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Buffalo Bill

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Let us take modern day historical period movies and old classic ones, they are simply a depiction of how things had been in the days gone by. As everyone else they tend to be a reminder of your heritage, a source of memory and nostalgia. There are also videos like "Blade Runner" which usually give us a peek into how things could be down the road, and there are ones that make us laugh and have a good time. Instructing us, tickling our funny bones to cautioning us about the future events that can fall upon us, movies have an undeniable influence in our thoughts and actions.

Buffalo Bill

Genre: Drama
Actor: Joel McCrea, Maureen O'Hara, Linda Darnell, Thomas Mitchell, Edgar Buchanan
Company: 20th Century Fox
Country: United States of America
Runtime: min
Release: 1943-12-31
IMDb: 5.5/10
Crew: William A. Wellman (Director), Æneas MacKenzie (Screenplay), Clements Ripley (Screenplay), Cecile Kramer (Screenplay), Frank Winch (Story)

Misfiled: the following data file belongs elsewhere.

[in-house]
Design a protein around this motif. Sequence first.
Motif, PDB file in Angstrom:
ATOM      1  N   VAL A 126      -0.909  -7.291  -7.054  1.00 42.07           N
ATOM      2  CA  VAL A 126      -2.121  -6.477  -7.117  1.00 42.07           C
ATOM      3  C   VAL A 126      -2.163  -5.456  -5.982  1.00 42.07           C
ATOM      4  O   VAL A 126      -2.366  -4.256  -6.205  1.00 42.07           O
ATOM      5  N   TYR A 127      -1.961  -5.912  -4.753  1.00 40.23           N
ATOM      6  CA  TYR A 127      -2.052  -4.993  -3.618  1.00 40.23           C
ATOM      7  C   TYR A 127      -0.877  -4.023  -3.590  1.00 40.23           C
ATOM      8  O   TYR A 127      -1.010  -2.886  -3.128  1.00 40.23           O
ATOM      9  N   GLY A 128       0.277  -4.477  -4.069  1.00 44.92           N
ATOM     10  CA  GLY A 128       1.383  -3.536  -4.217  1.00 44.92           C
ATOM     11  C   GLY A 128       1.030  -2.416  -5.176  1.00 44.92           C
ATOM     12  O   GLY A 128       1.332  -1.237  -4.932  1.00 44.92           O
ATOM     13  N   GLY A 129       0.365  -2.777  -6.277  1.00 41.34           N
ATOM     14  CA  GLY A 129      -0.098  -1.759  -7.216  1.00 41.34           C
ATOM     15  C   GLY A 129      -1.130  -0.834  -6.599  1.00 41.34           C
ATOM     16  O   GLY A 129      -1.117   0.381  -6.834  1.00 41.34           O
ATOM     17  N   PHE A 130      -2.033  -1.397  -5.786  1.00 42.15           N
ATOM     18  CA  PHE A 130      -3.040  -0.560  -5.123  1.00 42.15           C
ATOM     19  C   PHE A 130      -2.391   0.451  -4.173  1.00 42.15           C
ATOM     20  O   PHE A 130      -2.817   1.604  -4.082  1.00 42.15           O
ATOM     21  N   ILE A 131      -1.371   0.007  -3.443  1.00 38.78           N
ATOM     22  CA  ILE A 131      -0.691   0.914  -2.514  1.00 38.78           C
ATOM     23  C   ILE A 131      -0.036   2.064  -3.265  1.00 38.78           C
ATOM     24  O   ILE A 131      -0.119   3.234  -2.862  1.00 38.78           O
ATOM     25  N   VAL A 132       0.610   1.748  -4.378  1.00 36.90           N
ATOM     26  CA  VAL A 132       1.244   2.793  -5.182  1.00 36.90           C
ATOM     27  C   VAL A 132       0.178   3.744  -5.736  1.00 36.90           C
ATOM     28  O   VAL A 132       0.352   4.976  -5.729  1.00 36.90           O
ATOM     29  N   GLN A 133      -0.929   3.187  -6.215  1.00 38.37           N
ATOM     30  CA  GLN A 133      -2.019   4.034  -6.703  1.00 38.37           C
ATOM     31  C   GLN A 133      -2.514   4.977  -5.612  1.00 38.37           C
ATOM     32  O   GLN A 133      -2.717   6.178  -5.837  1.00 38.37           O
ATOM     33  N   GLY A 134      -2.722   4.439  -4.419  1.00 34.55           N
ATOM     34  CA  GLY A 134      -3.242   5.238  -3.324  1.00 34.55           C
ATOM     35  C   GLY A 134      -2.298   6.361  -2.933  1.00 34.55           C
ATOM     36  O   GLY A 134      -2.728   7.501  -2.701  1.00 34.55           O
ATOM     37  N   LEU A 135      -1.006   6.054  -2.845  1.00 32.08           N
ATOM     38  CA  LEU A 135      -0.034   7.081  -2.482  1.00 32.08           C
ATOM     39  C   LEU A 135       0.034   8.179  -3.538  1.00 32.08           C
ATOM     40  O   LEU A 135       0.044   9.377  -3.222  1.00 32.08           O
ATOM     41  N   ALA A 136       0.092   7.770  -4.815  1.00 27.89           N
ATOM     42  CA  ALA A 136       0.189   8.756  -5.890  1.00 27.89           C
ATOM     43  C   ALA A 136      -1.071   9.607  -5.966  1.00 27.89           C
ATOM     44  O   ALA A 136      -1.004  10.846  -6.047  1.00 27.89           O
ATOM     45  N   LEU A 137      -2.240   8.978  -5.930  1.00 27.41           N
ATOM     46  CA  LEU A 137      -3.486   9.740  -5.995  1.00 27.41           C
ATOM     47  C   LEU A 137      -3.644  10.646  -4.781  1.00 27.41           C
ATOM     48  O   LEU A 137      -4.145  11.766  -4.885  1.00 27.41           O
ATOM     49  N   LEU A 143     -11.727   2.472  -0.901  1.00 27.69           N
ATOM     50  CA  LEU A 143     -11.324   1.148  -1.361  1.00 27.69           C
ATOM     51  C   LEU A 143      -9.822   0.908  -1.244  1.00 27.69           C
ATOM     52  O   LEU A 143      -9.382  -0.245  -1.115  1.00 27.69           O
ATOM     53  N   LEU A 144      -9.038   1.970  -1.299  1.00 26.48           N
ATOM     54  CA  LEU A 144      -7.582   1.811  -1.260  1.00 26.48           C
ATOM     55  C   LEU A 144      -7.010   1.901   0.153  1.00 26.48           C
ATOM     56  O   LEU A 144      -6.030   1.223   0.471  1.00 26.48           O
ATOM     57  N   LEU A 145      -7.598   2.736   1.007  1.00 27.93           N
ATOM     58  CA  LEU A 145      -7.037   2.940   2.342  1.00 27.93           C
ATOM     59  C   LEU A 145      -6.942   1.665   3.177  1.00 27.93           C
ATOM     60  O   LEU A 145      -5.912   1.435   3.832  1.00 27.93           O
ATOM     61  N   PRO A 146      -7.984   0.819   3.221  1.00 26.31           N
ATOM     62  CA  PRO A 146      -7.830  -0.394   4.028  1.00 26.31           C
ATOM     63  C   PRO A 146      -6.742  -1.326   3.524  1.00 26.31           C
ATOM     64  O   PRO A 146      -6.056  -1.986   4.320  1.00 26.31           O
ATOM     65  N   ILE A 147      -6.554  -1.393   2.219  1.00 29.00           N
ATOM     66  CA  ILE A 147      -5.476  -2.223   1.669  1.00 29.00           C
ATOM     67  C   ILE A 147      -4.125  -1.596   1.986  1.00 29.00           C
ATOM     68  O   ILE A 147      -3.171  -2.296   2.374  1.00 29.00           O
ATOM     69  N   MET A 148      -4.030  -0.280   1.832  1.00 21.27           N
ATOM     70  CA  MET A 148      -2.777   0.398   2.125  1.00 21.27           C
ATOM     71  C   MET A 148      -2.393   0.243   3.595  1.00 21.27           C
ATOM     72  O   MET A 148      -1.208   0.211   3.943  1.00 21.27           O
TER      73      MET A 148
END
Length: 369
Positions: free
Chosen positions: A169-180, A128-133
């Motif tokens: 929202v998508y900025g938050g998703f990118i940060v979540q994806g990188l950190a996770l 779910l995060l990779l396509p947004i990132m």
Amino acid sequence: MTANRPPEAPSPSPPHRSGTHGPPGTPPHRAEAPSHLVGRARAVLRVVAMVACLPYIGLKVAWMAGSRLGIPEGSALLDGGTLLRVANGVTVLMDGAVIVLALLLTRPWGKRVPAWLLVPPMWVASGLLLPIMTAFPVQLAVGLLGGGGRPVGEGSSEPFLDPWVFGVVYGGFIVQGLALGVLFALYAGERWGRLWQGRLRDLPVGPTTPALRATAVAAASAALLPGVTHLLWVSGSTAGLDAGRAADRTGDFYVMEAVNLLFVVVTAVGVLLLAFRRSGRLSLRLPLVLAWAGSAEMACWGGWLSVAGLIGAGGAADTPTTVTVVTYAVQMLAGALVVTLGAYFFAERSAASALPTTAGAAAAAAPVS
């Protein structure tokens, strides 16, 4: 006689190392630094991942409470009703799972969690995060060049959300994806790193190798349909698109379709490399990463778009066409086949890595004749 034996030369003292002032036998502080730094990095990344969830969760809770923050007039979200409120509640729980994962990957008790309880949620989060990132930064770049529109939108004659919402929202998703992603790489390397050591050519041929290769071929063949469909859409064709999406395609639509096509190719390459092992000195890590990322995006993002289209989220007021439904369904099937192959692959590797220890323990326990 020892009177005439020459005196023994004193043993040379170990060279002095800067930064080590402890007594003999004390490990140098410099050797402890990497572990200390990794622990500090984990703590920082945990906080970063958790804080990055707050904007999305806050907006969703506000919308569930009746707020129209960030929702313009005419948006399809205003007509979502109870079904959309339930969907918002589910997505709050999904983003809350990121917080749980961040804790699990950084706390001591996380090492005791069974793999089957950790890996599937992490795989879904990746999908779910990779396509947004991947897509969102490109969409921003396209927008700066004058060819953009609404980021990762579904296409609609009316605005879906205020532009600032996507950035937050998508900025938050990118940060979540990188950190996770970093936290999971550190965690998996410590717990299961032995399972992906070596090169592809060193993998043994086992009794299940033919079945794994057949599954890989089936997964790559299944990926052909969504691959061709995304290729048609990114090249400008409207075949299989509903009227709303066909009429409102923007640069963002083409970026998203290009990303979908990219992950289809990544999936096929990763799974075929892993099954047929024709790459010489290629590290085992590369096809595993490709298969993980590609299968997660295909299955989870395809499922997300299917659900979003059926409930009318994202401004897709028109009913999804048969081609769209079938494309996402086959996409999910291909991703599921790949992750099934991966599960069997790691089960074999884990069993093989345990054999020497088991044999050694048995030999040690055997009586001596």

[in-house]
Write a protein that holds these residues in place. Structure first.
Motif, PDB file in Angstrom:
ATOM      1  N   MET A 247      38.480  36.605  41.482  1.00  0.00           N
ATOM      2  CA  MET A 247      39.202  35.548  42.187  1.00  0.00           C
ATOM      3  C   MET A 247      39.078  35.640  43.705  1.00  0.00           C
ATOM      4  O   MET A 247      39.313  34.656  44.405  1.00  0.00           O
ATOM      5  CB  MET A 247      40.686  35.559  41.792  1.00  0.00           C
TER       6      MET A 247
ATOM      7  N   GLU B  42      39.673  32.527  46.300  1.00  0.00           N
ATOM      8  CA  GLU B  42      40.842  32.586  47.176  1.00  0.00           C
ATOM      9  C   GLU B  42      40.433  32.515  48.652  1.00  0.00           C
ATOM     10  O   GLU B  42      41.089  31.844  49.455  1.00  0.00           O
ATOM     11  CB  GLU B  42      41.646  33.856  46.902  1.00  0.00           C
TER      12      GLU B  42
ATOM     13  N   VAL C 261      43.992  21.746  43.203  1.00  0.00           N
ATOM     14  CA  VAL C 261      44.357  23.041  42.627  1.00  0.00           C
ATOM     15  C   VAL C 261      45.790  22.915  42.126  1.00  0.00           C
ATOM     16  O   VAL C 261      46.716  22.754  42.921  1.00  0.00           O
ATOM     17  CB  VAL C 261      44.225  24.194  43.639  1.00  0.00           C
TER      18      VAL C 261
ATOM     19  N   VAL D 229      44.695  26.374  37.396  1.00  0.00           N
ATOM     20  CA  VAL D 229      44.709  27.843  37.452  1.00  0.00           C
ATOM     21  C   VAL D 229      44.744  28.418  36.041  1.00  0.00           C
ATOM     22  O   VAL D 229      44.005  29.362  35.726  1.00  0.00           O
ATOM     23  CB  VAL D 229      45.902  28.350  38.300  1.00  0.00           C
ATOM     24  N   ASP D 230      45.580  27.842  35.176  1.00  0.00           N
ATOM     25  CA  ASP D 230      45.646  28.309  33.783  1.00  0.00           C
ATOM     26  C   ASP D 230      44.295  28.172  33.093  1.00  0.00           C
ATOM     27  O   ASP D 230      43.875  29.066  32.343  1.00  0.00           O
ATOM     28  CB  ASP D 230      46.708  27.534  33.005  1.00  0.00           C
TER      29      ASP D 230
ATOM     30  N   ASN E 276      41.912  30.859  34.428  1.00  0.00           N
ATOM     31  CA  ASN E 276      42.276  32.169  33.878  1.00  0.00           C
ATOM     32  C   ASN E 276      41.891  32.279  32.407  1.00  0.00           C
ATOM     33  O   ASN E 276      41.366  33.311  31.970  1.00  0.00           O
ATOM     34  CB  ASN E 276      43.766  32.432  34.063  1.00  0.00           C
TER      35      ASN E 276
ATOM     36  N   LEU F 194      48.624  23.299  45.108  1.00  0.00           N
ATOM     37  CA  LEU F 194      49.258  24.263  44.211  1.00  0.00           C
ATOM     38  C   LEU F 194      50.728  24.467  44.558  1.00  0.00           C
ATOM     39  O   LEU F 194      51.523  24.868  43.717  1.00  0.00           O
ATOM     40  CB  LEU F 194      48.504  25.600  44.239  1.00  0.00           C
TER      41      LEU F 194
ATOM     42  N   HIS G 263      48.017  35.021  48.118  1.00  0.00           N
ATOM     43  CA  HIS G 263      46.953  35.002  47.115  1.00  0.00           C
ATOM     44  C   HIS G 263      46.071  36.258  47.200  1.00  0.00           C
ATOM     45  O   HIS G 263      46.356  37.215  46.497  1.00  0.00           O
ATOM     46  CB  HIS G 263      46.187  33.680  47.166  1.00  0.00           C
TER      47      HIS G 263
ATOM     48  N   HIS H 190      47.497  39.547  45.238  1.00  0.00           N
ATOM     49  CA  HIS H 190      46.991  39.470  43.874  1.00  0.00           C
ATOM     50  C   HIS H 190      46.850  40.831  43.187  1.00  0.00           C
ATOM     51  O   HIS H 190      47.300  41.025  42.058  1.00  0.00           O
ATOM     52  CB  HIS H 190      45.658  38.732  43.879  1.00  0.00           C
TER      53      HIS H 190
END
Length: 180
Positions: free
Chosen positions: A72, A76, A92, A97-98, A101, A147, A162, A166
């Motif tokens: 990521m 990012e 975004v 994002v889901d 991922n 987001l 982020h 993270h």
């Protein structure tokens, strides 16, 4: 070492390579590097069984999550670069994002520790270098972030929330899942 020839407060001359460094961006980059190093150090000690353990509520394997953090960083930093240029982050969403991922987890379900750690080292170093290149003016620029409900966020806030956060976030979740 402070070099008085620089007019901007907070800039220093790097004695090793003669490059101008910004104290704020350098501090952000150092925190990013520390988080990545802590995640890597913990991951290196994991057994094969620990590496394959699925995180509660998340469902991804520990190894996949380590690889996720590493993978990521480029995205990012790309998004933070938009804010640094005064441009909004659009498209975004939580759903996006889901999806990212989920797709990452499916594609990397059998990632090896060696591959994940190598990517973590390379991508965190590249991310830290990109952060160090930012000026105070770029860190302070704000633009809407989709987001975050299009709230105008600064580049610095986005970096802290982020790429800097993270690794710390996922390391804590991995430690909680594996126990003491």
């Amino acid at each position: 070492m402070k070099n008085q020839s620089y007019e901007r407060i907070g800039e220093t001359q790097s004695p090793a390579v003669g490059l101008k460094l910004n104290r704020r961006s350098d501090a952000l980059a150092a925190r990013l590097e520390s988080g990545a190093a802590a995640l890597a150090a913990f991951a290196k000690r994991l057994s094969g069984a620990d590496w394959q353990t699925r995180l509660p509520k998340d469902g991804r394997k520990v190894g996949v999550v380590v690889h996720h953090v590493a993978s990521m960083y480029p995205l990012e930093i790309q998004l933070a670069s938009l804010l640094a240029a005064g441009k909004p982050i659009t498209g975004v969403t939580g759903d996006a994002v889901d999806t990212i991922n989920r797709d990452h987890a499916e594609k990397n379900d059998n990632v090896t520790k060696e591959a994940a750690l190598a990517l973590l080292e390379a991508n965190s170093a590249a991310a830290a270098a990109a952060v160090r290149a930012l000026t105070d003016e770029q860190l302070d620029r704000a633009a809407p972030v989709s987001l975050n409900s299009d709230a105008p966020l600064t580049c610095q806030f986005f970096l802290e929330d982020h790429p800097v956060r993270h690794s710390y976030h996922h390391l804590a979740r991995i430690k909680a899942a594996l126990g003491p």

Buffalo and Bison, Bison and Buffalo. Buffalo Bill is directed by William A. Wellman and collectively written by Aeneas MacKenzie, Clements Ripley, Cecile Kramer and Frank Winch. It stars Joel McCrea, Maureen O’Hara, Linda Darnell, Anthony Quinn, Thomas Mitchell and Edgar Buchanan. A Technicolor production out of 20th Century Fox, with music by David Buttolph and cinematography by Leon Shamroy. The Sioux and the Cheyenne must strike together. No history lessons to be learned here, just the core essence of one William F. Cody and his life trajectory is used for entertainment purpose. Which if history is not what you are after, makes this a grandish production worth spending time with. 99% of the pic is given to his time out on the ranges as a pioneer, his romance with Louisa Frederici, and his political movements. His move into the Wild West showmanship that he would become famous for, is sadly dealt with in what is little more than a coda at story’s end. Damn the East! As the story arc moves into the Indian War territory, this lets Wellman show his skills as a constructor of action sequences. The Sioux and the Cheyenne have joined forces and in spite of the arrogant claims by the army suits that the War will be over in a week, it proves to be anything but that. The battle here is that of Warbonnet Creek (AKA: Hat Creek), and it’s brilliantly crafted by Wellman and his team, the highlight of the pic for sure, and a merciful change in direction after previously we had witnessed some on screen Buffalo killings, which while not shying from the reality of that moment in history, is still upsetting and tough to watch. I don't hold with General Sherman that a good Indian is a dead Indian. Other notable tech accomplishments are attained by Buttolph and Shamroy’s respective work, while Wellman continues his fine direction with some nifty locomotive sequences. Acting wise the performances are just about good enough. McCrea and Quinn as Buffalo Bill and Yellow Hand (AKA: Yellow Hair) respectively, have the required amount of machismo and emotional fortitude to make the roles work, and crucially they convince in action scenes. O’Hara and Darnell get poorly written roles, but both are radiantly beautiful and costumed up to the nines, whilst Mitchell and Buchanan are solid as usual. Lively, colourful, emotional and fanciful, good entertainment for the Western movie lover, but maybe not the Western purists. 7/10

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